MANILA, Philippines – President Rodrigo Duterte’s late-night order to stop operations of all Philippine Charity Sweepstakes Office games is only the most recent example of a presidential directive issued only verbally, with no written order to formalize it and define its parameters.
Until the morning of Tuesday, July 30, or 3 days after Duterte said his order was to be effective, Malacañang is yet to release any written document, whether an executive order or memorandum order.
By now, Duterte’s penchant for making shocking policy pronouncements without following through with documents has become evident. It’s part of his governance style.
Unfortunately, this doesn’t bode well for accountability and transparency.
Written orders are crucial because they help citizens hold officials accountable for their actions and also serve as a check on their power.
“Written orders make the decisions official. If not written, it is easy to deny that he gave orders,” said Professor Ela Atienza, head of the political science department of the University of the Philippines.
“It’s as if he is still a mayor. He sometimes forgets that he is a president who needs to be accountable and there is a need for a paper trail,” she added.
Written orders like executive orders also cite the laws and legal frameworks that give an official the legal mandate to make such orders. This legal basis is necessary as a safeguard against abuse. Though there are many instances, such as during the presidency of Ferdinand Marcos, when written issuances were used to circumvent the law.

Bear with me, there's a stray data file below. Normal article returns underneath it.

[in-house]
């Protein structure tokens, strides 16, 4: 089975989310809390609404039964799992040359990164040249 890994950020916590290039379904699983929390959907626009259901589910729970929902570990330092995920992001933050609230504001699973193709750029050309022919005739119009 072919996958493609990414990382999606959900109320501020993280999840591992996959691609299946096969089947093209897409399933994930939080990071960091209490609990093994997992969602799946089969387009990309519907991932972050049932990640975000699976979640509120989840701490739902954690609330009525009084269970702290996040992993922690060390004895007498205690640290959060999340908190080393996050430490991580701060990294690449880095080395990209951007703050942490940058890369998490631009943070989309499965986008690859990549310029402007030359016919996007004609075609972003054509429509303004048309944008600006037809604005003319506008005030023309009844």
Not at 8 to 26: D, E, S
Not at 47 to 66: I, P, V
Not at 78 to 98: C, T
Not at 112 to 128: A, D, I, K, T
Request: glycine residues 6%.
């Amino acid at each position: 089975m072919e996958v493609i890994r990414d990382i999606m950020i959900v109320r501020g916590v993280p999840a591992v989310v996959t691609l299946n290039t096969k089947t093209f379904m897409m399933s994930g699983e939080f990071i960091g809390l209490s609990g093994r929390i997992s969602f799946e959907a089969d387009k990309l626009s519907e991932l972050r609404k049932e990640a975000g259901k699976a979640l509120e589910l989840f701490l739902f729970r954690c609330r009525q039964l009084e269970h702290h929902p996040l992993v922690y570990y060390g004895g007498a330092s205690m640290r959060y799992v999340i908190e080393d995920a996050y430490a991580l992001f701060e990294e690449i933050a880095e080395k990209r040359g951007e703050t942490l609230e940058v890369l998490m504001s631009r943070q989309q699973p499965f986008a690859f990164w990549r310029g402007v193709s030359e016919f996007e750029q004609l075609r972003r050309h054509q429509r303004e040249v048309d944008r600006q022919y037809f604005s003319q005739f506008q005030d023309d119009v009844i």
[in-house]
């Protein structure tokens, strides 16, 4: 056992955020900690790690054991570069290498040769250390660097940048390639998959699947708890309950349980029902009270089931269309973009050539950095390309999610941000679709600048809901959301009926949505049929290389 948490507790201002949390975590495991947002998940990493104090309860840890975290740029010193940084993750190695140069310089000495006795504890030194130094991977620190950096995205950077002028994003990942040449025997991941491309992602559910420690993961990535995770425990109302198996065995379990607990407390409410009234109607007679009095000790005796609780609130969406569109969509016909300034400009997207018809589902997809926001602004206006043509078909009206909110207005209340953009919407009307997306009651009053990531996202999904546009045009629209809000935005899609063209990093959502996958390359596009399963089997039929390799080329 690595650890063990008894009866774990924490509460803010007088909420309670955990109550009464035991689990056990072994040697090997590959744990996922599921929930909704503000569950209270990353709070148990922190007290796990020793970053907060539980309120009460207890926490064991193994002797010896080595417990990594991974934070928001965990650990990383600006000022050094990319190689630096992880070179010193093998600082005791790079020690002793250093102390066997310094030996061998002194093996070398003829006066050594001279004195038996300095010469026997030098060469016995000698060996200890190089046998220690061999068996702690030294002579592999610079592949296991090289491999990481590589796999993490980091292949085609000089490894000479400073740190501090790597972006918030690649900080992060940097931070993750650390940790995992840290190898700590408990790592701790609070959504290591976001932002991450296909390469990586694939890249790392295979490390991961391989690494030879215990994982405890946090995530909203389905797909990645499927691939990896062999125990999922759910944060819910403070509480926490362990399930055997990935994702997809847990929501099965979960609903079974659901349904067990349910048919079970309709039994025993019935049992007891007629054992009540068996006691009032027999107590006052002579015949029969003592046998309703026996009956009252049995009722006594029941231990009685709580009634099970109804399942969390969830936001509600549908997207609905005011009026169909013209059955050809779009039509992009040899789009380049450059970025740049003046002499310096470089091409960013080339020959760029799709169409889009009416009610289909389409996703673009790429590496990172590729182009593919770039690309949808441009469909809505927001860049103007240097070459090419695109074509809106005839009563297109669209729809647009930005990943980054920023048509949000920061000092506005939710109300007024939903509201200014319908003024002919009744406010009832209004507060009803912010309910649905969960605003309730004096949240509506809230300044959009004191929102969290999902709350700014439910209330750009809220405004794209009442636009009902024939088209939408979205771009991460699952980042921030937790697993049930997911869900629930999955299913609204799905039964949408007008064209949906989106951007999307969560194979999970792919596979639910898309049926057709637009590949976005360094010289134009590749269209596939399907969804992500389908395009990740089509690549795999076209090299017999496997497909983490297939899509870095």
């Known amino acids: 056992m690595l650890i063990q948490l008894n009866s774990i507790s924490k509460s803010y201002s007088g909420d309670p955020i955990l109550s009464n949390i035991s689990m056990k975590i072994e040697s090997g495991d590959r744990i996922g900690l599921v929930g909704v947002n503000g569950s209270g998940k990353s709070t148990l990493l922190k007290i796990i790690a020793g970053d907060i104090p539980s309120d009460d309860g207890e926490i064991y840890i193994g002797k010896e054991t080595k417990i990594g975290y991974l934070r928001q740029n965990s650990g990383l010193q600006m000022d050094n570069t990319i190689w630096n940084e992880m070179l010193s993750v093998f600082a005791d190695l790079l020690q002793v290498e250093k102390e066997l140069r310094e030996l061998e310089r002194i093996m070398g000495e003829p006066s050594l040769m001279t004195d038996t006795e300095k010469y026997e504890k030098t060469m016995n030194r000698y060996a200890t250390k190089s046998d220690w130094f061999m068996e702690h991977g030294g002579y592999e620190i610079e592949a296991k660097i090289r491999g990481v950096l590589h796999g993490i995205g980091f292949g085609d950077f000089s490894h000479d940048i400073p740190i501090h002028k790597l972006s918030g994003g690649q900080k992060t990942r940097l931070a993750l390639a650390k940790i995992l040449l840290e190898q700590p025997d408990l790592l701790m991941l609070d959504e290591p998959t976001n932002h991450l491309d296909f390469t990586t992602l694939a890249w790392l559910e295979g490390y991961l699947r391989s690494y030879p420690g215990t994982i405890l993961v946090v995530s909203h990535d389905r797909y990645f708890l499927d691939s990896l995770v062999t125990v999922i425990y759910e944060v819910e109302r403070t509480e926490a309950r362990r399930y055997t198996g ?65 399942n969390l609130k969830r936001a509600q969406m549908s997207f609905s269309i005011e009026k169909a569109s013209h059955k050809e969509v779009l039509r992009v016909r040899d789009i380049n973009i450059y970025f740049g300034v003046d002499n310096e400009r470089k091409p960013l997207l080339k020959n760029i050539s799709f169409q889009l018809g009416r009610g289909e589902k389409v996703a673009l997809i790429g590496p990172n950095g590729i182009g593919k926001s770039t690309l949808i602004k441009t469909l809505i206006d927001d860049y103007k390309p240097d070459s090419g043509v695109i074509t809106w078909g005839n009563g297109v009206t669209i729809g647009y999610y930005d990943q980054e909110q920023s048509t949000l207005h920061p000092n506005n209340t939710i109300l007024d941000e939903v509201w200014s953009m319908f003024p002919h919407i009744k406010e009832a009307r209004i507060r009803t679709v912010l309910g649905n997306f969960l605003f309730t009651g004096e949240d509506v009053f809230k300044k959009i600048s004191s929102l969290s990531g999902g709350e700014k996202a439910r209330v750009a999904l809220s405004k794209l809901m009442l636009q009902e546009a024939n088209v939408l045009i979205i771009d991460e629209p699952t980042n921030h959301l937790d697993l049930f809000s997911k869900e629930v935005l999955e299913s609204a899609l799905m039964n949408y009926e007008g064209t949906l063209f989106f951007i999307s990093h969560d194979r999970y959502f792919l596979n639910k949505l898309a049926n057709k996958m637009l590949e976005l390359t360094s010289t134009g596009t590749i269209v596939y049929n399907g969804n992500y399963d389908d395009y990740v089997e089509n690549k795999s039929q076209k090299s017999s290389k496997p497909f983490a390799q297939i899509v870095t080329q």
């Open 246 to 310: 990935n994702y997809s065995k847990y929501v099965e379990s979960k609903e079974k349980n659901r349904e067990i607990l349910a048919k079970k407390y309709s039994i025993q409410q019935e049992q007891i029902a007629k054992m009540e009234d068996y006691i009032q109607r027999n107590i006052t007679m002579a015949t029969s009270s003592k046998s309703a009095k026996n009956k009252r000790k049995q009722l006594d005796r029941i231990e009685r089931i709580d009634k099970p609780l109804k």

Still, a written order would also give agencies tasked with implementing it a document to look back upon as basis for their actions. Without such a document, an order is open to different interpretations, and possibly, abuse.
Here are major policy pronouncements that Duterte made without a written document:
1. Anti-tambay order
On the strength of a presidential utterance, police arrested some 3,000 loiterers who allegedly violated local ordinances. It was their way of legally implementing Duterte’s vague June 2018 verbal order to tell “tambays” (loiterers) to go home and bring them to a government office. The order included instructions to tie up the loiterers and throw them somewhere.
A group of friends who were mistakenly arrested for loitering in Makati claims the arresting cops never informed them what law they were violating and merely showed them a video of Duterte giving the verbal order. “Basta sinabi ng Pangulo, batas ‘yun,” (As long as the President says it, it is the law.) one of the cops supposedly said.
2. Boracay closure
The closure of a world-famous island for half a year, affecting the livelihood of hundreds of thousands and making a dent on the country’s tourism sector, was also implemented on the basis of a mere verbal order. (READ: INSIDE STORY: How Duterte decided on Boracay closure)
After calling Boracay a “cesspool” which he would “shut down,” Duterte called a Cabinet meeting where officials finalized an action plan for the island’s rehabilitation. But no written order on the closure itself was ever issued by the Palace. On the day Boracay was closed, Duterte signed only a proclamation declaring a state of calamity in 3 barangays on the island. An executive order creating a task force was signed, but only two weeks after the island was closed.